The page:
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April 3, 2020

Remembering the Fallen: on this day in 1917, war poet Captain Arthur Graeme West, 6th Battalion, the Oxfordshire and Buckinghamshire Light Infantry, was killed in action in France.

The son of a former missionary, he was educated at Highgate School, Blundell’s School and Balliol College, Oxford. When he returned to Oxford in the autumn of 1914 he found that his friends were gone, preparing for war. He had become detached from the world and hardly ever read a newspaper, so he was shaken by the war preparations at Oxford, even though he had belonged to the Officers’ Training Corps. By Christmas the enthusiasm had reached him, and he applied for a commission. Because of his eyesight he was turned down, so in January of 1915 he enlisted as a private in the 16th Battalion (Public Schools) of the Middlesex Regiment, with a sense of duty and feeling patriotic. In November of that year he was sent to France and was soon in the midst of the fighting.

Captain West found that he abhorred army life,...

April 2, 2020

Remembering the Fallen: on this day in 1917, Private Alexander Petrie, the Army Service Corps, died at home of pulmonary tuberculosis, active service having been shown to exacerbate his condition and contribute to his death.

Private Petrie enlisted in the Army Service Corps on the 4thof March, 1915, at the age of seventeen. From the 12th of April, when he arrived in France, he served as a horse team driver, delivering supplies and ammunition to infantry and artillery personnel.

In February of 1916 he began to suffer from a cough which worsened over several months, yet he was kept on duty until the end of September. Two months later he was medically discharged from the army and sent home, where it was expected he would die. His father and mother having already passed away, his step-mother cared for him as his illness worsened until his death. The army’s medical board’s report documents his condition and its progress, and concludes “Constitutional tendency aggravated by exposure during 18...

March 31, 2020

Remembering the Fallen:  on this day in 1917, Captain the Honourable Charles Thomas Anderson Pollock, Inns of Court Officers’ Training Corps, attached to 1st/4th Battalion, the East Yorkshire Regiment, was killed in action in France.

The son of the 1st Viscount Hanworth, he was educated at Wellington College and Trinity College, Cambridge.  He had joined the Inns of Court Officers’ Training Corps, and at the outbreak of the Great War was commissioned in that corps and served as an instructor.  In 1916, Captain Pollock was sent to France to instruct on the Lewis Gun, and the following year was Mentioned in Despatches.  He was then attached to 1st/4th Battalion, the East Yorkshire Regiment, and in March of 1917 took over command of the battalion after the colonel was wounded.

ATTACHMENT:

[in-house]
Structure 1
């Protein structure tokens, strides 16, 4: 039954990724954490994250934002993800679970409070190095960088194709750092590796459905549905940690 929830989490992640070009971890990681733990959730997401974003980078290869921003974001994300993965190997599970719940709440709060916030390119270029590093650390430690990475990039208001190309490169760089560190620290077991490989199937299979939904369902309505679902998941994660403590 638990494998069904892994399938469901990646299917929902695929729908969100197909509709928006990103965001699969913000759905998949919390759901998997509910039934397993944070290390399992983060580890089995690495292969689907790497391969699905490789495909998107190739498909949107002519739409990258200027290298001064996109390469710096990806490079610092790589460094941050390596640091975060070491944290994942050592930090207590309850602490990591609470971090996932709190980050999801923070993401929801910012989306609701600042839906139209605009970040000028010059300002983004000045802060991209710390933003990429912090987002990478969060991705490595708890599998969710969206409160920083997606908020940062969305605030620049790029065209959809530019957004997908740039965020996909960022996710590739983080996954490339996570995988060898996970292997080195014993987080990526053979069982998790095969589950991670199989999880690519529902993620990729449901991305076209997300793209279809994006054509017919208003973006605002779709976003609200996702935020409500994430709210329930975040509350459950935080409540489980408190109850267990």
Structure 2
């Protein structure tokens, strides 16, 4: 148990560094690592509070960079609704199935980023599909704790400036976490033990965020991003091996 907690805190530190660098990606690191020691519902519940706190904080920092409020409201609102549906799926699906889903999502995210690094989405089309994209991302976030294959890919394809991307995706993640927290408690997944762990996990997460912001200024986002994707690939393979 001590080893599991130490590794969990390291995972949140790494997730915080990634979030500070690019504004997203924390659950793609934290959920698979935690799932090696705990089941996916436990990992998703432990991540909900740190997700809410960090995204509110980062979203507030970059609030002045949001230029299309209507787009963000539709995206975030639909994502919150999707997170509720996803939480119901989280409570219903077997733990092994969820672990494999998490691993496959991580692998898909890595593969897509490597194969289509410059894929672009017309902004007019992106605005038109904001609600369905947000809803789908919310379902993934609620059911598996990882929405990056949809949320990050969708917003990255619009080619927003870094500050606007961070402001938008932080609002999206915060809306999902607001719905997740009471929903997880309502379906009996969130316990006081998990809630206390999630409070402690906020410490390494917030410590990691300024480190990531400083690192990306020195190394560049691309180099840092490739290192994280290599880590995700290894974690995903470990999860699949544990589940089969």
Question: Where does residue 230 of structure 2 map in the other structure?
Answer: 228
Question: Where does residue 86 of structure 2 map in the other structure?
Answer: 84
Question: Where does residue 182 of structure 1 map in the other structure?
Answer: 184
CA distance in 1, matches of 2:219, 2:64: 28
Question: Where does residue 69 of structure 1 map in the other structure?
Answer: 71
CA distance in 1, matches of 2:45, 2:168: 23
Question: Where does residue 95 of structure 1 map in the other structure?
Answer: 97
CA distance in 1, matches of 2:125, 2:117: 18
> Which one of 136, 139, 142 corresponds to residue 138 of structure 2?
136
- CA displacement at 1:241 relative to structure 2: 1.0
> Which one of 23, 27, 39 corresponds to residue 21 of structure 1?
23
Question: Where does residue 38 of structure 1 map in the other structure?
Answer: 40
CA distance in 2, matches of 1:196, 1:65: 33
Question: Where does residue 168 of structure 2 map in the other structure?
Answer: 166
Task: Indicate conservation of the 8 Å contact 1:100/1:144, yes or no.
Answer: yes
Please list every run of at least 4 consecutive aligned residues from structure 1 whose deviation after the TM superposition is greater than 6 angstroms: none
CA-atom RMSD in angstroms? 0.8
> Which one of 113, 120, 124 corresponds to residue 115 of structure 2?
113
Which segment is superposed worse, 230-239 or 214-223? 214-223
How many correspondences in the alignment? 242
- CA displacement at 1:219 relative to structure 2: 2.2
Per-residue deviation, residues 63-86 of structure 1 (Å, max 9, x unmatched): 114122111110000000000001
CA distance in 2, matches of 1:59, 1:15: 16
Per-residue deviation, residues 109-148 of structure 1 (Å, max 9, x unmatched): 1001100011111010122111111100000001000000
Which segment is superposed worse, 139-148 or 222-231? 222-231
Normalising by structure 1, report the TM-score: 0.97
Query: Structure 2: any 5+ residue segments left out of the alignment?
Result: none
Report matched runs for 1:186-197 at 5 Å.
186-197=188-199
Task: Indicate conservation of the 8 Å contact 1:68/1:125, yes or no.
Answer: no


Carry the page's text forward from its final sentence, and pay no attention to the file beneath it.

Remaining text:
In early April Captain Pollock was reported as having been missing since the 31st of March, and it was assumed that he had been taken prisoner.  The details of his death were not known until his servan...

March 29, 2020

Remembering the Fallen: on this day in 1918, 1,306 members of the British and Commonwealth armed forces lost their lives in the Great War. Among them were:

Top row: Major Harold Frederic Barker, Royal Garrison Artillery; Second Lieutenant Jackson Webster Parr, 2nd/4th Battalion, the King’s Own Yorkshire Light Infantry; Private Richard Hulme, 9th Battalion, the Royal Welsh Fusiliers.

Lower row: Lieutenant Basil Joseph Bernard Butler-Bowdon, the Lancashire Fusiliers; Private Gomer Davies, 7th Battalion, the Royal Welsh Fusiliers; Serjeant William James Fowler, 1st Battalion, the Rifle Brigade.

Major Barker was the son of a solicitor and educated at Gresham’s School in Holt, Norfolk. His brother, Captain Charles Barker M.C., the Durham Light Infantry, had been killed five days earlier. Major Barker qualified as a solicitor a few months before the outbreak of the Great War. He was killed by a shell while at a forward observation post. From Ryehope, Sunderland, he was 27 years old and married.

...

March 28, 2020